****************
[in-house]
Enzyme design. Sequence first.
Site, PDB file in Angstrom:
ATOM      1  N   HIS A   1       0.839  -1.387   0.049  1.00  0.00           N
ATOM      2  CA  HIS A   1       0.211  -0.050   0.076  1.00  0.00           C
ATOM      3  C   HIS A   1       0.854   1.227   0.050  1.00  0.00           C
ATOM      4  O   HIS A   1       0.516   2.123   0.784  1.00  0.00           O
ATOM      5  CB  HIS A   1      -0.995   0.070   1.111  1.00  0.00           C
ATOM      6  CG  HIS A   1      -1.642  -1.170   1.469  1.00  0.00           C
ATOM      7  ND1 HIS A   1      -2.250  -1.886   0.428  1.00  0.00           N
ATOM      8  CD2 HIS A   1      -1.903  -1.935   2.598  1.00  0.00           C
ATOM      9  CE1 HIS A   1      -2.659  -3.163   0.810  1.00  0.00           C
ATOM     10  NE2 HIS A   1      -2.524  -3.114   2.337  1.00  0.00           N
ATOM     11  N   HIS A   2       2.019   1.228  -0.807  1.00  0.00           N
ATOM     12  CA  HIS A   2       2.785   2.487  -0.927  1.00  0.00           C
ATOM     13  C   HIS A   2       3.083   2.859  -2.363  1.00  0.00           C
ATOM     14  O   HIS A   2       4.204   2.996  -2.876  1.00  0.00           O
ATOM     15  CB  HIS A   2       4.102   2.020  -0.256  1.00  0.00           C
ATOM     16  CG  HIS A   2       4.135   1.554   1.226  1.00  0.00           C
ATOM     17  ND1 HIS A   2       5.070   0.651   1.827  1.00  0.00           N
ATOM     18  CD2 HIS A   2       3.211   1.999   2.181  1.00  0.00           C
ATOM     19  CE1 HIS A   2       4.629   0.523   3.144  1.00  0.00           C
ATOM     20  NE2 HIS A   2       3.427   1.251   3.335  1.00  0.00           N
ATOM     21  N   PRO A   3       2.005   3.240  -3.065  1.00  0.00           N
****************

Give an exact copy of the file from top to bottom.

[in-house]
Enzyme design. Sequence first.
Site, PDB file in Angstrom:
ATOM      1  N   HIS A   1       0.839  -1.387   0.049  1.00  0.00           N
ATOM      2  CA  HIS A   1       0.211  -0.050   0.076  1.00  0.00           C
ATOM      3  C   HIS A   1       0.854   1.227   0.050  1.00  0.00           C
ATOM      4  O   HIS A   1       0.516   2.123   0.784  1.00  0.00           O
ATOM      5  CB  HIS A   1      -0.995   0.070   1.111  1.00  0.00           C
ATOM      6  CG  HIS A   1      -1.642  -1.170   1.469  1.00  0.00           C
ATOM      7  ND1 HIS A   1      -2.250  -1.886   0.428  1.00  0.00           N
ATOM      8  CD2 HIS A   1      -1.903  -1.935   2.598  1.00  0.00           C
ATOM      9  CE1 HIS A   1      -2.659  -3.163   0.810  1.00  0.00           C
ATOM     10  NE2 HIS A   1      -2.524  -3.114   2.337  1.00  0.00           N
ATOM     11  N   HIS A   2       2.019   1.228  -0.807  1.00  0.00           N
ATOM     12  CA  HIS A   2       2.785   2.487  -0.927  1.00  0.00           C
ATOM     13  C   HIS A   2       3.083   2.859  -2.363  1.00  0.00           C
ATOM     14  O   HIS A   2       4.204   2.996  -2.876  1.00  0.00           O
ATOM     15  CB  HIS A   2       4.102   2.020  -0.256  1.00  0.00           C
ATOM     16  CG  HIS A   2       4.135   1.554   1.226  1.00  0.00           C
ATOM     17  ND1 HIS A   2       5.070   0.651   1.827  1.00  0.00           N
ATOM     18  CD2 HIS A   2       3.211   1.999   2.181  1.00  0.00           C
ATOM     19  CE1 HIS A   2       4.629   0.523   3.144  1.00  0.00           C
ATOM     20  NE2 HIS A   2       3.427   1.251   3.335  1.00  0.00           N
ATOM     21  N   PRO A   3       2.005   3.240  -3.065  1.00  0.00           N